In every life, a little “joy account” must grow.

s: About four years ago, I attended a local artist friend’s art show in his studio. I fell in love with one of his large, colorful paintings: a sunrise farm scene with cows, chickens, and sheep all heading towards the viewer. The animals seem to be talking to me, “Go with your morning!” The painting was on sale for $2,500 – well beyond my budget. Soon, the artist emailed me to say the painting had not been sold, and that he needed to make space in his studio and wanted to gift it to me because he saw that I was intrigued by it. I have luck! Since then, it has been hung in my kitchen and the animals seem to cheer me up every morning. The artist called me today and said I needed to return the painting because it was sold out – unless I wanted to buy it. I re-read his old email and the painting was actually a gift, but I don’t intend to get into a fight. It still doesn’t fit my budget, and I have more important financial commitments, but I thought I’d write to you so you could tell me not to try to convince myself otherwise. I shouldn’t buy it, right?

a: I took those words off my mouth. If you already know it’s beyond your budget, there’s no need to go — at least for now. Perhaps, as your financial picture changes over time, you can make purchases for life’s discretionary joys, like some favorite artwork – and I have a strategy to help you.

First, take a picture of the painting on your wall so that you will forever remember the pleasure it gave you. You can always re-visit the photo, to have a great deal of (almost) fun and a bit of morning sunshine in your life.

At the same time, you can immediately implement a regular monthly savings plan to create a “Joy Account” for yourself. For example, you can set aside at least $50 each month in a separate account for exactly this purpose. Later, you will have cash available for discretionary purchases without feeling guilty or unable to meet your other important financial obligations. With proper planning, you can be financially wise and use money as a tool to create joy in your life.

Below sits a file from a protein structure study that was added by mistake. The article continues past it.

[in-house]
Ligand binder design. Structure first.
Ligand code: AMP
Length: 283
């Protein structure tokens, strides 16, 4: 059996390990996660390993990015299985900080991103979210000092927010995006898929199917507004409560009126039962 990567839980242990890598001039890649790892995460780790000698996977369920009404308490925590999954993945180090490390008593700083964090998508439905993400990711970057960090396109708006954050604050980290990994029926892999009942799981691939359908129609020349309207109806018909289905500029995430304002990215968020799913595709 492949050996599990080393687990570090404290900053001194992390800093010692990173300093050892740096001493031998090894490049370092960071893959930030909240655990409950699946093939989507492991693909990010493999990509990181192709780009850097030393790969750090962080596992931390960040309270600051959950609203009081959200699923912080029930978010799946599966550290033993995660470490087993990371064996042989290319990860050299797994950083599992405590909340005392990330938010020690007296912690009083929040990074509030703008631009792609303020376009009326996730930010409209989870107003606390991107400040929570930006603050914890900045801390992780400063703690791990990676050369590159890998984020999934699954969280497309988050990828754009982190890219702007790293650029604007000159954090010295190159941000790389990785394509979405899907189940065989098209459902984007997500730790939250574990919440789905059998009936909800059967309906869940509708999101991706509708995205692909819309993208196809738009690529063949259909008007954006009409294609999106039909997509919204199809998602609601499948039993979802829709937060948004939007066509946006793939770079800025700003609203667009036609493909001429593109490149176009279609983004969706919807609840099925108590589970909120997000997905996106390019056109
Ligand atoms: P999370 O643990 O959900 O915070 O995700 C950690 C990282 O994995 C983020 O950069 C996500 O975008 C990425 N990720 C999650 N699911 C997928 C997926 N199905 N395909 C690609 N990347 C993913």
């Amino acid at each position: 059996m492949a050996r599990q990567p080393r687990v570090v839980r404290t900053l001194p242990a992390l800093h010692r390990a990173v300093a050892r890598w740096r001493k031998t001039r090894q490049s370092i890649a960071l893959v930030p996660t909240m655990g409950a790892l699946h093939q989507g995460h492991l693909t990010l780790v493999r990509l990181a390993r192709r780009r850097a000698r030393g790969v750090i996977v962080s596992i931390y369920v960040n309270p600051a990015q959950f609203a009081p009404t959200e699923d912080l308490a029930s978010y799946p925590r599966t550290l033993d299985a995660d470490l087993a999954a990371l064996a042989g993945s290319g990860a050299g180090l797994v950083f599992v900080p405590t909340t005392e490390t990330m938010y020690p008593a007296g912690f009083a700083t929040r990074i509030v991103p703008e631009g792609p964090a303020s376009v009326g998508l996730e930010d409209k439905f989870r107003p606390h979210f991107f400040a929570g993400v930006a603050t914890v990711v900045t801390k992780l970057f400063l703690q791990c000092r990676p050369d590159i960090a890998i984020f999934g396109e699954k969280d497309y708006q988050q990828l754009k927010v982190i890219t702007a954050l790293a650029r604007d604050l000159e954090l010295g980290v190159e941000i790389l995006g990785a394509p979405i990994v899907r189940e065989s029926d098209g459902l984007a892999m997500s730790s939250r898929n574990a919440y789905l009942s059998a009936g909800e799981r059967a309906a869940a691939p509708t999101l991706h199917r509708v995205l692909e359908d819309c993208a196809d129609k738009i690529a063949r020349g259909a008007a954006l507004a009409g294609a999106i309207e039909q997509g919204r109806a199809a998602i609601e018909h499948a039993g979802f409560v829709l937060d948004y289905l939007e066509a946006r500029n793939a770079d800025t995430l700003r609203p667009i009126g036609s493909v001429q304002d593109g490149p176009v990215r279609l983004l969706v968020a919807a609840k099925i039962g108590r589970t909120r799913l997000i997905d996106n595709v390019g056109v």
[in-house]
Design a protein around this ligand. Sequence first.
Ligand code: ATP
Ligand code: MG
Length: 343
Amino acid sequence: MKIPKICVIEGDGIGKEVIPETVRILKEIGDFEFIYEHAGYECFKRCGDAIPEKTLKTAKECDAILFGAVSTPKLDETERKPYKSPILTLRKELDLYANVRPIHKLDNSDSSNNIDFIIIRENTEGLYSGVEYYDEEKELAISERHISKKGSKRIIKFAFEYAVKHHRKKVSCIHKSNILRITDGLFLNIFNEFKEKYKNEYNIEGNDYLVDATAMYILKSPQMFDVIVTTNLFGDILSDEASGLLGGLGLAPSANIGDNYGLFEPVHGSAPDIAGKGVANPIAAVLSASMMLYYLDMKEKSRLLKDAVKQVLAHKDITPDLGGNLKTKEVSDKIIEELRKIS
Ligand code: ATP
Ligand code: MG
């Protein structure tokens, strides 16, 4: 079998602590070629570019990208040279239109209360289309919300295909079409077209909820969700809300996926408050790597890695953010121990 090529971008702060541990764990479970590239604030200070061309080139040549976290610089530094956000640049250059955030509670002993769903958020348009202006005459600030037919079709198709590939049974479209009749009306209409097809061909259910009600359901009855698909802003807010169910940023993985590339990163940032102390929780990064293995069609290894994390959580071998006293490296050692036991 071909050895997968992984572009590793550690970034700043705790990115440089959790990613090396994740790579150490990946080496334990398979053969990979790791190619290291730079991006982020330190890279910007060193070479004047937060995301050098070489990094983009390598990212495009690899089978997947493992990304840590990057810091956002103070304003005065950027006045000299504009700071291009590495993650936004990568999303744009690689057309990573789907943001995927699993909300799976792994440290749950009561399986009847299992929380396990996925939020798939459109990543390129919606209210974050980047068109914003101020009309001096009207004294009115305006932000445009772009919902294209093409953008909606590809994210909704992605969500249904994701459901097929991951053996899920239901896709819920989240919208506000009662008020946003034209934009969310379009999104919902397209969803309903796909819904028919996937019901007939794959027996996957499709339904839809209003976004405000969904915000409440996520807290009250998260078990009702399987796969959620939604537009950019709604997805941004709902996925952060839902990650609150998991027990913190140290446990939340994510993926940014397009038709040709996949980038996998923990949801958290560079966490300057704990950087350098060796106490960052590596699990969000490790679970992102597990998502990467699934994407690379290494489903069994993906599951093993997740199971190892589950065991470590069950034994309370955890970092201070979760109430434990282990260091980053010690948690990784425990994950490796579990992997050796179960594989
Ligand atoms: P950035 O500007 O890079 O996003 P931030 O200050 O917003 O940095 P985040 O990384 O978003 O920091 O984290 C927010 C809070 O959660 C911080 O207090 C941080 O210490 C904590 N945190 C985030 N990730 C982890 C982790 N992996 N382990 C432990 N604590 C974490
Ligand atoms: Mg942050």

But there’s also a great financial lesson the painting inadvertently taught him: the value of delayed gratification.

I also know about delaying a large discretionary purchase. You see, I still have a picture of a classic car that I had in my heart. I loved the dark blue 1963 Buick Wildcat, but at the time in my life, I didn’t have the budget for it. I keep the picture on my vision board to remind me of my wise decision to put off an unnecessary purchase. The photo also reminds me that I can save money to get the things I want in my life, without compromising financial commitments or wise savings. I bought a 1966 Buick when my financial situation required it.

You can do the same with painting. Keep a picture of it as an incentive to save your money for discretionary purchases in the future.

In the meantime, return the painting to your friend – without any hard feelings – and know that it can continue to delight the following owners. As hard as it may be to break away from the plate, you can take solace in knowing that you learned the double financial lesson of not spending outside of your budget, while working to enrich your life thanks to your Joy Account.

Thie Convery, RFP, CFP, CIM, FMA, FCSI, is a Dundas wealth advisor who loves any Buick from the 1960s and enjoys a lot with her favorite board, Black Madonna, by local artist Jodi Brignall, who looks at her with disdain as she prints away. Her column appears every two weeks in Hamilton Spectator. Thie invites your questions at TheSpecMoney@gmail.com or by visiting ConveryWealth.com.

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